Fitness to practise in focus: dealing with dishonesty
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Fitness to practise in focus: dealing with dishonesty
 

FTP - webIn this issue of eBulletin, we look at the learning points taken from recent FTP cases involving dishonesty.

The Fitness to Practise Committee has considered a number of cases where it is alleged that a registrant had been dishonest.

The current Code of Conduct (in force since April 2010) requires all registrants to be honest and trustworthy. This applies in a registrant’s personal life and professional life.

The code also makes it obligatory for registrants to immediately disclose to the GOC any/all of the following as soon as they arise (a non-exhaustive list):
• conviction/caution/disciplinary sanction by a healthcare organisation
• being barred from working with children or vulnerable adults
• suspension by employer
• health condition which a reasonable person would think may impair fitness to practise.

The retention form also specifically mentions that any investigation(s) in relation to a criminal offence should be declared. If you are in doubt, you must always contact our GOC registration team for advice.

Case studies

One case involved a dispensing optician registrant, who was alleged to have tested sight, forged the signature of an ophthalmic practitioner and made subsequent false claims for payment on GOS forms. The registrant in question also failed to make relevant declarations to the GOC.

The Committee determined that the registrant’s conduct was premeditated and persistent, and that “the fact that none of the patients in question were adversely affected was not the point”. The registrant was erased from the register.

The Committee determined that “although the registrant was already the subject of a criminal sanction, it had a responsibility to ensure that he did not have the opportunity to repeat his misconduct, and that the reputation of the profession is maintained (which is more important than the fortunes of the individual concerned)”.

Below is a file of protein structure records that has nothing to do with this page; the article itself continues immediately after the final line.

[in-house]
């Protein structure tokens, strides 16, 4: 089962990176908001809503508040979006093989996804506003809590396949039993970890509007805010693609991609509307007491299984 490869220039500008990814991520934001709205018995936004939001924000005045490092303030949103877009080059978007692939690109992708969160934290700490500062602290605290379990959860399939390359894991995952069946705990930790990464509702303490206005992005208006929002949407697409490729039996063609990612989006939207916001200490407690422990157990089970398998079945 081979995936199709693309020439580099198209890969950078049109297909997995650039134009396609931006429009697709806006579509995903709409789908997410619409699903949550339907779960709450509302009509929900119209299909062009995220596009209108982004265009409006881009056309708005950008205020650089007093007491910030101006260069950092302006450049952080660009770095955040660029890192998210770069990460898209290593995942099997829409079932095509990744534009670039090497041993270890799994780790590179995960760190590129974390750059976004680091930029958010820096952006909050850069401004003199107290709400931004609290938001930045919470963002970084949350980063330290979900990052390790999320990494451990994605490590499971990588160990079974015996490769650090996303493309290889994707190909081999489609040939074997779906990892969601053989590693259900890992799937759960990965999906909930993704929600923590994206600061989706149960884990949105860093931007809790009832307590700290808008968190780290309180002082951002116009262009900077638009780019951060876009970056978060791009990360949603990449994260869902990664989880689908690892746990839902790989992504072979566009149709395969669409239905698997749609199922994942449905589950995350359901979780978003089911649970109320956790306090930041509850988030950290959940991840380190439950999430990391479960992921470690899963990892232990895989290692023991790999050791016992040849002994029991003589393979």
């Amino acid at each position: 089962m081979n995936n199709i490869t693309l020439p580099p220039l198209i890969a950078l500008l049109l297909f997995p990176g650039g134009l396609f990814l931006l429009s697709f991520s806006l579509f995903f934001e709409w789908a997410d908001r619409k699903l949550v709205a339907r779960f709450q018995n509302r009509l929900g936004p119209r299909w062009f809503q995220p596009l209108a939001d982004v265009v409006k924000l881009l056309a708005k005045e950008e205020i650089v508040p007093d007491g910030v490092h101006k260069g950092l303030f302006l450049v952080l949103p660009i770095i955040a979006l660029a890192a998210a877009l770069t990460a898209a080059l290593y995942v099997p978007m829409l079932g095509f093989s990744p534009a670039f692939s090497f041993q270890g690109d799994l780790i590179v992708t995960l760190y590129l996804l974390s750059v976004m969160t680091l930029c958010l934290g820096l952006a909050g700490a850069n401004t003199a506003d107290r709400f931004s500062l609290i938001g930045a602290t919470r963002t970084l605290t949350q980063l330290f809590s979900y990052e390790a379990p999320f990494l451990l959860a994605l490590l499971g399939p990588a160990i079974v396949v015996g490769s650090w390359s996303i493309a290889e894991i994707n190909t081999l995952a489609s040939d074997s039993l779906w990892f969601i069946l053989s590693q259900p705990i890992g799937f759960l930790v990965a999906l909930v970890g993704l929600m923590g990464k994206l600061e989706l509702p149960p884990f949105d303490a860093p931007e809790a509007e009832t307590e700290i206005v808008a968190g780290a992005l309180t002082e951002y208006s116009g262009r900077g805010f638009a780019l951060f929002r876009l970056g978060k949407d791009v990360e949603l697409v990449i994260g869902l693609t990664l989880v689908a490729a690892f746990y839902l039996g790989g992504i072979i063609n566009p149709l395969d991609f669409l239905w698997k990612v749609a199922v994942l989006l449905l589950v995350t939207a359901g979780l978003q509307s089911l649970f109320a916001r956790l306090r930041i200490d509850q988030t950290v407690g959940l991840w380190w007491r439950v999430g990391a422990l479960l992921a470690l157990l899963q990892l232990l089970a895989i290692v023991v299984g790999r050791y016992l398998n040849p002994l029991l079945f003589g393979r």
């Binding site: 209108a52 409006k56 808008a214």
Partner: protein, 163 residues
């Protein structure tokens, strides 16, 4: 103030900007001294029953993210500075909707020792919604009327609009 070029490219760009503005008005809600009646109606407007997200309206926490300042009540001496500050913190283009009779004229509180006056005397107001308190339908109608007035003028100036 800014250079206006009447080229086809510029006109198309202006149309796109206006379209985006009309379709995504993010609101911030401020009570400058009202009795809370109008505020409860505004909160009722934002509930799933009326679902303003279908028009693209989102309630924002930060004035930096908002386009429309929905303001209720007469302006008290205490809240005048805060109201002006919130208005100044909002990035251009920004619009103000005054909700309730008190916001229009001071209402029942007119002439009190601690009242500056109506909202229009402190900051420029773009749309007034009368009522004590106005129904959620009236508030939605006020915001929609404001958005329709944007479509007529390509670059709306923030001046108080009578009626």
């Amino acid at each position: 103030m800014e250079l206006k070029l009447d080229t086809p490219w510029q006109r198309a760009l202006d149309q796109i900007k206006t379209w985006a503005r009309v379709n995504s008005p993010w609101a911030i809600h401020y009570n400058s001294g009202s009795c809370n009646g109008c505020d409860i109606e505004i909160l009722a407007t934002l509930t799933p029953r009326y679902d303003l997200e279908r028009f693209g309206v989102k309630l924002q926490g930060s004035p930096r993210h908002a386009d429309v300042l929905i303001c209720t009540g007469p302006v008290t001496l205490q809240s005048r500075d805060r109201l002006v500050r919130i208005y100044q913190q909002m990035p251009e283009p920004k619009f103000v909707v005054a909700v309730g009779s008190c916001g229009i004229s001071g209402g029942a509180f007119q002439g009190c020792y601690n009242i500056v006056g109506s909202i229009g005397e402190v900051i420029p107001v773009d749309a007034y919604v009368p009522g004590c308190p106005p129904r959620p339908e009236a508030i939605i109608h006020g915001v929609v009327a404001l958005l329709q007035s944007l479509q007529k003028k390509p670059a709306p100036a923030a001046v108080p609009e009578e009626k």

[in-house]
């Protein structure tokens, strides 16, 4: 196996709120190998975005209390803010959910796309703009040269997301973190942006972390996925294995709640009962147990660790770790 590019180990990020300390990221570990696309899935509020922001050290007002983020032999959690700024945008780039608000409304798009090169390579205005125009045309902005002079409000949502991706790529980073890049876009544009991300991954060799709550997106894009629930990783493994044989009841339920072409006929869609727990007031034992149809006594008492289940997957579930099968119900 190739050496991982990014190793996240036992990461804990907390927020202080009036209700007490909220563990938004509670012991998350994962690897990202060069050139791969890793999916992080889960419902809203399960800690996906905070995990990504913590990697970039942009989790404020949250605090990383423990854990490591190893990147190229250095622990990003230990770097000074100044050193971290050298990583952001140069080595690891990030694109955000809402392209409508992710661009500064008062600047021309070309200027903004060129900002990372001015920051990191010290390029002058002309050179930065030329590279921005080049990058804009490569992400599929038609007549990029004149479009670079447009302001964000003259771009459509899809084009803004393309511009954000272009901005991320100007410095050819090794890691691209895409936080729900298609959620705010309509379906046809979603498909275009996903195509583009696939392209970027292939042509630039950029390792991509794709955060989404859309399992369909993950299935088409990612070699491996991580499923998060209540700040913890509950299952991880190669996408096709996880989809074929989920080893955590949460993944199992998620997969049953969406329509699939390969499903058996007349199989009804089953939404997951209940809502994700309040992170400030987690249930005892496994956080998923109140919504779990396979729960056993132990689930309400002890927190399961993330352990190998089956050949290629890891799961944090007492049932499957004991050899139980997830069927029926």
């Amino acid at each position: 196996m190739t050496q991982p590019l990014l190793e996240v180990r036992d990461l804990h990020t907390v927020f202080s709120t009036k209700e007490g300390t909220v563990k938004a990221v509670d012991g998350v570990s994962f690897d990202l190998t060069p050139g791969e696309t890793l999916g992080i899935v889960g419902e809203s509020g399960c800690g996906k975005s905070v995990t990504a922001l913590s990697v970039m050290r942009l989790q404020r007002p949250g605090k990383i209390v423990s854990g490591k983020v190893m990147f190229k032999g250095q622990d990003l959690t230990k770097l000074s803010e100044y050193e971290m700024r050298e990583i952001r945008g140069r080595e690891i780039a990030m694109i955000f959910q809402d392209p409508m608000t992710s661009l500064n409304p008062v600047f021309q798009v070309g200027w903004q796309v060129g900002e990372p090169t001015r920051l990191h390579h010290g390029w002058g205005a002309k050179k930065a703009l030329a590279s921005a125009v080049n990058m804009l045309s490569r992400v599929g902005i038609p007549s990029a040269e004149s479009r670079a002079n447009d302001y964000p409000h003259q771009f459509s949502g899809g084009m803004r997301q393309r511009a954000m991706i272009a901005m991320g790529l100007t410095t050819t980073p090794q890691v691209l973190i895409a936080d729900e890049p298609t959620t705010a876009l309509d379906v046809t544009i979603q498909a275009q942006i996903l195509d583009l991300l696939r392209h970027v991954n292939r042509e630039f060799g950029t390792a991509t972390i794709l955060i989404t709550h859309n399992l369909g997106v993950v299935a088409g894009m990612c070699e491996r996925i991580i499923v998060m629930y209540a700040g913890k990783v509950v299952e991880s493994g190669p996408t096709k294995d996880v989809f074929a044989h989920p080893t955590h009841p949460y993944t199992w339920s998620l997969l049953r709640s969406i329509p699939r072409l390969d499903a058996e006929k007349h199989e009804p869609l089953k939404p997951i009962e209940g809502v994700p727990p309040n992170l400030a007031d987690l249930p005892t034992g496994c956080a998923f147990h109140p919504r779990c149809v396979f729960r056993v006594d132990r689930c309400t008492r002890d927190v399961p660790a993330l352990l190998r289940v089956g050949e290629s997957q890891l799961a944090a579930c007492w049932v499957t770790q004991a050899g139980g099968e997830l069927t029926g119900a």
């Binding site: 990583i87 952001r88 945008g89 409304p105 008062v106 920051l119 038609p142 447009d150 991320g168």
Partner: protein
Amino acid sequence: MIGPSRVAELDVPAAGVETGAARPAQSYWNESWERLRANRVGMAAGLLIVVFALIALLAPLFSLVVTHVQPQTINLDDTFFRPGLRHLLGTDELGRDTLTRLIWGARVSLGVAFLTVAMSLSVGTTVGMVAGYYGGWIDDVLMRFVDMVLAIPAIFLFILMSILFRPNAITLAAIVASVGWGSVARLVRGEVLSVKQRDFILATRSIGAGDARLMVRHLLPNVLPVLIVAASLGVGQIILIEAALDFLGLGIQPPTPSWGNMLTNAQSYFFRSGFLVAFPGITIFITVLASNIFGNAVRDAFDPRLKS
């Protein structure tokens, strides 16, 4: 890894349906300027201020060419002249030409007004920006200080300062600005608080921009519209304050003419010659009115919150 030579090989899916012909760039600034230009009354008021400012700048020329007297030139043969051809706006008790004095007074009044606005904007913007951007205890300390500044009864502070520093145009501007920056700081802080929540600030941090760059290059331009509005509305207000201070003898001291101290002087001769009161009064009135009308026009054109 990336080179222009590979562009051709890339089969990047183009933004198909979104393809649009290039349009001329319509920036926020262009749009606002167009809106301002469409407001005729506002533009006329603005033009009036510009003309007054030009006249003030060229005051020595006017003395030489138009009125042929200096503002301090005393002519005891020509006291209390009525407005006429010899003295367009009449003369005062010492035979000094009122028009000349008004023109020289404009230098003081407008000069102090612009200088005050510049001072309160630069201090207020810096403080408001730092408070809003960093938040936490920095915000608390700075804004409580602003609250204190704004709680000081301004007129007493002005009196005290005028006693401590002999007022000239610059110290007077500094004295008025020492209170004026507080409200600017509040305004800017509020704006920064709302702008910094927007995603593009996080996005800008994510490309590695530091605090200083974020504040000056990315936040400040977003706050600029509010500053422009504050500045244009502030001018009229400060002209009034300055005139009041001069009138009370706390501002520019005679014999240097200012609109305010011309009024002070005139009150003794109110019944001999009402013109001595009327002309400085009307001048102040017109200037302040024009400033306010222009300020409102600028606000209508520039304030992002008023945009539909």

Similarly, an optometrist who had been convicted of conspiracy to defraud and perverting the course of justice, and who had failed to declare to the GOC on two occasions that he was the subject of a criminal investigation, was found to have acted dishonestly and was suspended for 12 months.

In contrast, a registrant optometrist who had similar allegations made against him and had been erased from the register in December 2008, was allowed to be restored in 2011.

This was because the Committee accepted that the registrant had done all he reasonably could to try and rehabilitate himself, including keeping up to date with CET, paying back the money he had stolen and more, and fully meeting all the requirements of his Community Service Order.

Issues of honesty are also relevant when the GOC Registrar is considering whether to allow an applicant onto the registers. A potential registrant with a conviction for benefit fraud was refused registration by the Registrar, and then by the FTP Committee hearing the appeal.

The Committee judged that, although the registrant was not a risk to the public and there was no risk of re-offending, she still had to “re-pay her debt to society by completing her (criminal) suspended sentence”. The dishonesty which led to the conviction was found to be relevant to entry onto the GOC register.

The Committee considers each case individually; however, the GOC has published guidance which sets out an authoritative statement of the GOC’s approach to sanctions.

For full details of FTP statistics, view our online Annual Report 2010-11
 

 

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eBulletin February 2012

CET deadline: 60 per cent of registrants have more work to do

Retention deadline 15 March

Fitness to practise in focus: dealing with dishonesty

Samantha Peters visits RNIB

Reminder to registrants